An Introduction to Container Risks and Security Issues

Keep reading for a breakdown of common container security issues, why they can be challenging to secure, vulnerabilities to look out for, and more.
Josh Stuts

by Joshua Stuts

December 13, 2022
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While undoubtedly powerful, containers present security and compliance risks. Due to their complexity, container environments are more challenging to secure than traditional infrastructure. 

This article discusses some common container security issues, the consequences of weak security, and known areas of vulnerability to help you understand how to build secure and compliant containers.

Why Are Containers Challenging to Secure? 

There are several reasons why securing containers can present unique challenges, including:

  • Containers are less familiar to traditional companies that still use on-prem technology and have lower availability of skills compared to older technologies.

  • Container technologies come with no out-of-the-box security and require significant hardening.

  • Environments can be highly complex and fast-paced.

  • There are few container standards, making it challenging to compare technologies objectively.

  • Compliance frameworks don’t provide prescriptive security controls for container environments.

According to the Portworx 2021 Kubernetes Adoption Survey, security is the number one challenge faced by organizations adopting and using containers—and the top missing skill.

The Consequences of Poor Security

Profit is the objective of most cyberattacks. It’s a primary motivator in 96% of breaches, according to Verizon’s 2022 Data Breach Investigations Report. So, where’s the profit in attacking a container?

Data Theft

The old favorite—personal, financial, and health data is valuable, so criminals are always looking for ways to obtain it. Containers often hold, process, and/or transmit data to and from databases, making them an ideal target.

Ransom Payments 

Like any IT system, container environments are susceptible to ransomware and denial of service (DoS) attacks. And, since these environments are often mission-critical—and may access or hold sensitive data—that makes them an ideal vehicle for extortion.


Cryptomining malware can be snuck into widely used container images or run secretly inside malicious containers if the orchestration platform is compromised. This grants attackers unrestricted access to valuable computing resources.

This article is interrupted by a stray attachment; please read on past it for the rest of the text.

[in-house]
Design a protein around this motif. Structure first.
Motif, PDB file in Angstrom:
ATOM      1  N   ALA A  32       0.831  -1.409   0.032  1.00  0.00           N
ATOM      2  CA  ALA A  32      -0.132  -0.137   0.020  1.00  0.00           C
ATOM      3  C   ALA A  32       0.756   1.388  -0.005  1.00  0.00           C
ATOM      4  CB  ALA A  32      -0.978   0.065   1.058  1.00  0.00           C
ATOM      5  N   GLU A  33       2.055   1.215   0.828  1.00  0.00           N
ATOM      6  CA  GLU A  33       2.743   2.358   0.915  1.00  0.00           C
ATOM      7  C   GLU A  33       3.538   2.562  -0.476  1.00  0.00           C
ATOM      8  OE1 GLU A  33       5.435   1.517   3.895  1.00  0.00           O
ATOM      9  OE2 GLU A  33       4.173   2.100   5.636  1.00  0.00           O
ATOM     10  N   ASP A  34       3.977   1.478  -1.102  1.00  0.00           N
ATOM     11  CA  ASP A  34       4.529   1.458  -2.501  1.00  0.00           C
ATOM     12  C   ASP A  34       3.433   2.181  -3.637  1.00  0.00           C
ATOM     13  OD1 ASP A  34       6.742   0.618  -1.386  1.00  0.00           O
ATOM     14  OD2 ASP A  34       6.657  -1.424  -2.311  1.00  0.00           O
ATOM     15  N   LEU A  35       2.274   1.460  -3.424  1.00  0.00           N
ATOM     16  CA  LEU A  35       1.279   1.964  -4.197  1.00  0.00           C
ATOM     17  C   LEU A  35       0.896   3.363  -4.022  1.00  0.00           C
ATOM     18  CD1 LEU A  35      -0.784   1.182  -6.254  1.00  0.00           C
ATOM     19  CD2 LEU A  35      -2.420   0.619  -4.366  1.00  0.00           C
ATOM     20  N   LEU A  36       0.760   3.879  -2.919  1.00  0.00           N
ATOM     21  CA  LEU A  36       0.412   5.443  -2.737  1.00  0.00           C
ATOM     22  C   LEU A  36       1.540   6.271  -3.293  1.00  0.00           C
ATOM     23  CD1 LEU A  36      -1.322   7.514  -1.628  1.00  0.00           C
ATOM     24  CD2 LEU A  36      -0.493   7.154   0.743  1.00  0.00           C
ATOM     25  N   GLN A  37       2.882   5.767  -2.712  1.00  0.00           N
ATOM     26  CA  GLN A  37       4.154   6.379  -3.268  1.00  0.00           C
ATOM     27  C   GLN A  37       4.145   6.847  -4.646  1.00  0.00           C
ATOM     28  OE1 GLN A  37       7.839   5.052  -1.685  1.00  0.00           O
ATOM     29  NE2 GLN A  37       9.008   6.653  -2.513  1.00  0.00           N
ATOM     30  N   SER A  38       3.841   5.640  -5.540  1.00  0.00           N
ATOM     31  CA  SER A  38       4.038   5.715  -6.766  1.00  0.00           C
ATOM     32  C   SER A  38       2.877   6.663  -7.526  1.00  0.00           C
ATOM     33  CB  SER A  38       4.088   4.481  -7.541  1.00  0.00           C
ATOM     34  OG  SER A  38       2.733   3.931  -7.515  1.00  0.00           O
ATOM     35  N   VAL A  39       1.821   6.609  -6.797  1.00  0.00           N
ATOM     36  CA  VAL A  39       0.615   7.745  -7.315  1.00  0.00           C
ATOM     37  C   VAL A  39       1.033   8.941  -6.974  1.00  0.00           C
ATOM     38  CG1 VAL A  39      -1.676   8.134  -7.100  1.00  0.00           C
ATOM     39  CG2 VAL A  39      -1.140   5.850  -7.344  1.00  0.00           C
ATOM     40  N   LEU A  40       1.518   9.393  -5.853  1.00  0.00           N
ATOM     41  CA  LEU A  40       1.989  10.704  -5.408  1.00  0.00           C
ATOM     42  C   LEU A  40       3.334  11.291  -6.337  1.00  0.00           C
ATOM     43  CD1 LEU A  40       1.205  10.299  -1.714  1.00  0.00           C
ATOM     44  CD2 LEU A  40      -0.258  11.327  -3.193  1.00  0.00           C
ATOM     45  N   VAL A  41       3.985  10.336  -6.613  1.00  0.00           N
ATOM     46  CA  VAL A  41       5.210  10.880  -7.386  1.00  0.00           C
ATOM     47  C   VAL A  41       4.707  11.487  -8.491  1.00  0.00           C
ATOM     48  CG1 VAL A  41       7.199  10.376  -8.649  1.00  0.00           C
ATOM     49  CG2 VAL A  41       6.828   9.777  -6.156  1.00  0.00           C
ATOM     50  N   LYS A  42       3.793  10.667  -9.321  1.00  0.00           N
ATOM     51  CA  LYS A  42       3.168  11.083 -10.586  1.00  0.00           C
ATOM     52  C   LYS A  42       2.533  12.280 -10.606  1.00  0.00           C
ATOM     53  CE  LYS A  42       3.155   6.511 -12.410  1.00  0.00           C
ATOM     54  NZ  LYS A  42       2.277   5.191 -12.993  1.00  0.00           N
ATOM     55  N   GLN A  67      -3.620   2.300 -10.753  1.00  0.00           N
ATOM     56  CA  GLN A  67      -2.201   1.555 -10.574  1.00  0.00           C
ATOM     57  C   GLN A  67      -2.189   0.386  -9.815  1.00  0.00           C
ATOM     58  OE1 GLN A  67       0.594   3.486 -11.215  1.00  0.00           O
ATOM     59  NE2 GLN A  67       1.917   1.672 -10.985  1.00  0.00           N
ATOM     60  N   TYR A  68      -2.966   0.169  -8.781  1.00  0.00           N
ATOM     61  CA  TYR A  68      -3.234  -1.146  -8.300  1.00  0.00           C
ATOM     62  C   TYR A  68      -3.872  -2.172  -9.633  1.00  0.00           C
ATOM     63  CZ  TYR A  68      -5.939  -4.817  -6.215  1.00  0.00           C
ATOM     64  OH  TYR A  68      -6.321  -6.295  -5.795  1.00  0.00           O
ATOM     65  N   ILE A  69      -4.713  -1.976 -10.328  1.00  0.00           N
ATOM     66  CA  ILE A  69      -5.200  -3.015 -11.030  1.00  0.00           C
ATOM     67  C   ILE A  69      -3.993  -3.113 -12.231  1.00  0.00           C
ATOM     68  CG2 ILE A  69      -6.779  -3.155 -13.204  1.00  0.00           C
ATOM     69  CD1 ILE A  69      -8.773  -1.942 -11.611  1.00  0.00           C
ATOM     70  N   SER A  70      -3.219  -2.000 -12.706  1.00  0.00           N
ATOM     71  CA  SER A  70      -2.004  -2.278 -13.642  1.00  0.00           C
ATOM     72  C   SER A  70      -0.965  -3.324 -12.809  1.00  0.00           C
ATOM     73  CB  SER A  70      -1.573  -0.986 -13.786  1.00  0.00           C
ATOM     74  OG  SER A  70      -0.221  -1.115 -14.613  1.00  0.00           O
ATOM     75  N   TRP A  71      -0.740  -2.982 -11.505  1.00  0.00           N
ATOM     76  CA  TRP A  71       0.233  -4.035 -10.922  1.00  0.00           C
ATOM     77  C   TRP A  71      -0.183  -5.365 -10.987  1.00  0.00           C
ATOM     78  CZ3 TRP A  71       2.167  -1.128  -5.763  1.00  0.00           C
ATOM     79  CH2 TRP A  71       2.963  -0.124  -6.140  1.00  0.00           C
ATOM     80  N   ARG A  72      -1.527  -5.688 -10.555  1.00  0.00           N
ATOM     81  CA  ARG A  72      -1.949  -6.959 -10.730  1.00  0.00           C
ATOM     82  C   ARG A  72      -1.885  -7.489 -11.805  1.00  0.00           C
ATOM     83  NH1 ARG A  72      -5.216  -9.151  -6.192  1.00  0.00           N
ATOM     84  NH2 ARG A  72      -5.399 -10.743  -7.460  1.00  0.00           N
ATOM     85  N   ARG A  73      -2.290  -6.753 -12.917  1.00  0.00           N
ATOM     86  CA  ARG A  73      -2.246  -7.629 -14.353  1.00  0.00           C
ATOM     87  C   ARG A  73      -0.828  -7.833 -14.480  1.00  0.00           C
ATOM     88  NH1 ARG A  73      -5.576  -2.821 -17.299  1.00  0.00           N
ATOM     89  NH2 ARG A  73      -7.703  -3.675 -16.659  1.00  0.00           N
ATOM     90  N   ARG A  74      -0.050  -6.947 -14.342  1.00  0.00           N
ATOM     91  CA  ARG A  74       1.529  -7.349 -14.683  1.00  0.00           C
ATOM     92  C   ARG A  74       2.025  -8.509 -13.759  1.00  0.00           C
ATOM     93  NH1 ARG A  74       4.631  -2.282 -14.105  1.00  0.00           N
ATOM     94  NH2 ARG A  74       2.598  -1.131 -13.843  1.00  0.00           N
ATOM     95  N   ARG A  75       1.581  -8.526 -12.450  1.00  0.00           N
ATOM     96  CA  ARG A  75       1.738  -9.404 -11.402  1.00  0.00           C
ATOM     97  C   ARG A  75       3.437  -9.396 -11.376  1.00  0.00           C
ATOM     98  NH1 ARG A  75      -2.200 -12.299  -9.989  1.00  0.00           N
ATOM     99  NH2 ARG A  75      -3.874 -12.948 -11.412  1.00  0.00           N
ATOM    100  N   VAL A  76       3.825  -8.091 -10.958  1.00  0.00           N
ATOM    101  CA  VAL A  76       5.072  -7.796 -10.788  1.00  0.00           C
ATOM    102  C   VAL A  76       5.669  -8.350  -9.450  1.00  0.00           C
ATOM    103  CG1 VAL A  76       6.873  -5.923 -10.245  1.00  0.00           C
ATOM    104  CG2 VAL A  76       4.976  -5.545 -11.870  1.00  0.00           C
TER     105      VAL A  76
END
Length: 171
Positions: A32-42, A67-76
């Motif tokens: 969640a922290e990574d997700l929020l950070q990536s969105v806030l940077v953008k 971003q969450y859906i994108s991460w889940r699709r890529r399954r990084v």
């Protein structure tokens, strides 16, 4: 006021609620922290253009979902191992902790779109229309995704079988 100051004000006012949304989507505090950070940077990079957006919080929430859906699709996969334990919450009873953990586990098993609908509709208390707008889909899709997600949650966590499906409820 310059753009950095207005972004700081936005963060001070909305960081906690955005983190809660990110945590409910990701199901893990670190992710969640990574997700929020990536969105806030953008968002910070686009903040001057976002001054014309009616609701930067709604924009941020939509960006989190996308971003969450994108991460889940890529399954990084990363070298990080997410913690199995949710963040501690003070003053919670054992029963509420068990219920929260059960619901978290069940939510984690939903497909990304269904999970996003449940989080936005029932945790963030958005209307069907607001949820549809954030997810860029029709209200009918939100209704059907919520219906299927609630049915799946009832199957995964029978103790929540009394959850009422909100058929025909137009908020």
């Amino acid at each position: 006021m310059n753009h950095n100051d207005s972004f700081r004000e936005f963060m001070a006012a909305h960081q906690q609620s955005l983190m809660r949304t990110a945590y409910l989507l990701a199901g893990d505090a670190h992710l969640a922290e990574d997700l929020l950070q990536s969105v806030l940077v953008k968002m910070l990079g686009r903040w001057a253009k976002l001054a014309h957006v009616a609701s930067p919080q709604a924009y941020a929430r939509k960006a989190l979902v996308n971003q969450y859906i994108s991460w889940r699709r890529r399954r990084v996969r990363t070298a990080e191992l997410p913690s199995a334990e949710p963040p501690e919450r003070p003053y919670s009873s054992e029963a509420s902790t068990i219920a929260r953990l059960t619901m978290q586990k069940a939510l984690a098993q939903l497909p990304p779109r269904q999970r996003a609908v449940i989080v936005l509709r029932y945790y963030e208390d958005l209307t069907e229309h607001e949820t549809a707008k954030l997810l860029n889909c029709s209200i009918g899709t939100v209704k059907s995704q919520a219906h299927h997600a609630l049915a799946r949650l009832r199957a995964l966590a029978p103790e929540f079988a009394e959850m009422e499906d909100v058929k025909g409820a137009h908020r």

Cryptomining is No Joke

A 2022 Sysdig report found that every dollar an attacker earns from a cryptomining attack in a container environment costs the affected organization $53.

Poor container security puts your organization at risk of serious security incidents, data breaches, and costly and disruptive ransom scenarios. It can also seriously harm your container strategy's performance and cost profile.

Inadequate Compliance

And there’s another risk: failed compliance audits. Many cloud-first organizations depend on certifications and attestations to prove their commitment to security, not to mention any regulatory obligations. 

Failed or unsatisfactory audits are time-consuming and resource-intensive to resolve. They can cost tens of thousands of additional dollars even for non-regulatory frameworks like SOC 2 and ISO 27001.

Meanwhile, the cost of failing to comply with data protection regulations like GDPR, PCI-DSS, and HIPAA is over 2.7 times higher than the cost of compliance and can run to millions of dollars. This figure considers the costs of disruption, lost revenue, productivity losses, and any penalties or settlements.

Where Are Container Environments Vulnerable?

The image below shows a typical worker node. Even in this simplified diagram, it’s apparent that container environments are far from simple. They include several components that are prone to security issues.

Containers Security Risks

In a typical container environment, there are at least seven sources of vulnerabilities:

1. Orchestration Platform

Orchestration platforms, like Kubernetes and Red Hat OpenShift Container Platform (OCP), have massive access and capabilities across container environments. They are also complex and require specialized skills to set up and maintain securely. 

A misconfigured, unpatched, or poorly secured orchestration platform can allow attackers complete access to your environment, enabling them to create containers, alter images, and access sensitive data. A 2022 report by Orca Security, found that 62% of containers are currently orchestrated by an outdated version of Kubernetes.

At the same time, orchestration platforms are responsible for setting network policies within the container environment. Misconfigurations can leave your environment vulnerable to threats such as unauthorized access, privilege escalation, lateral movement, and data exfiltration.

2. Container Images

Images are the building blocks of container environments, and they frequently harbor vulnerabilities. These can be due to insecure coding practices, but more often, it’s caused by using outdated versions of open source binaries and libraries during development.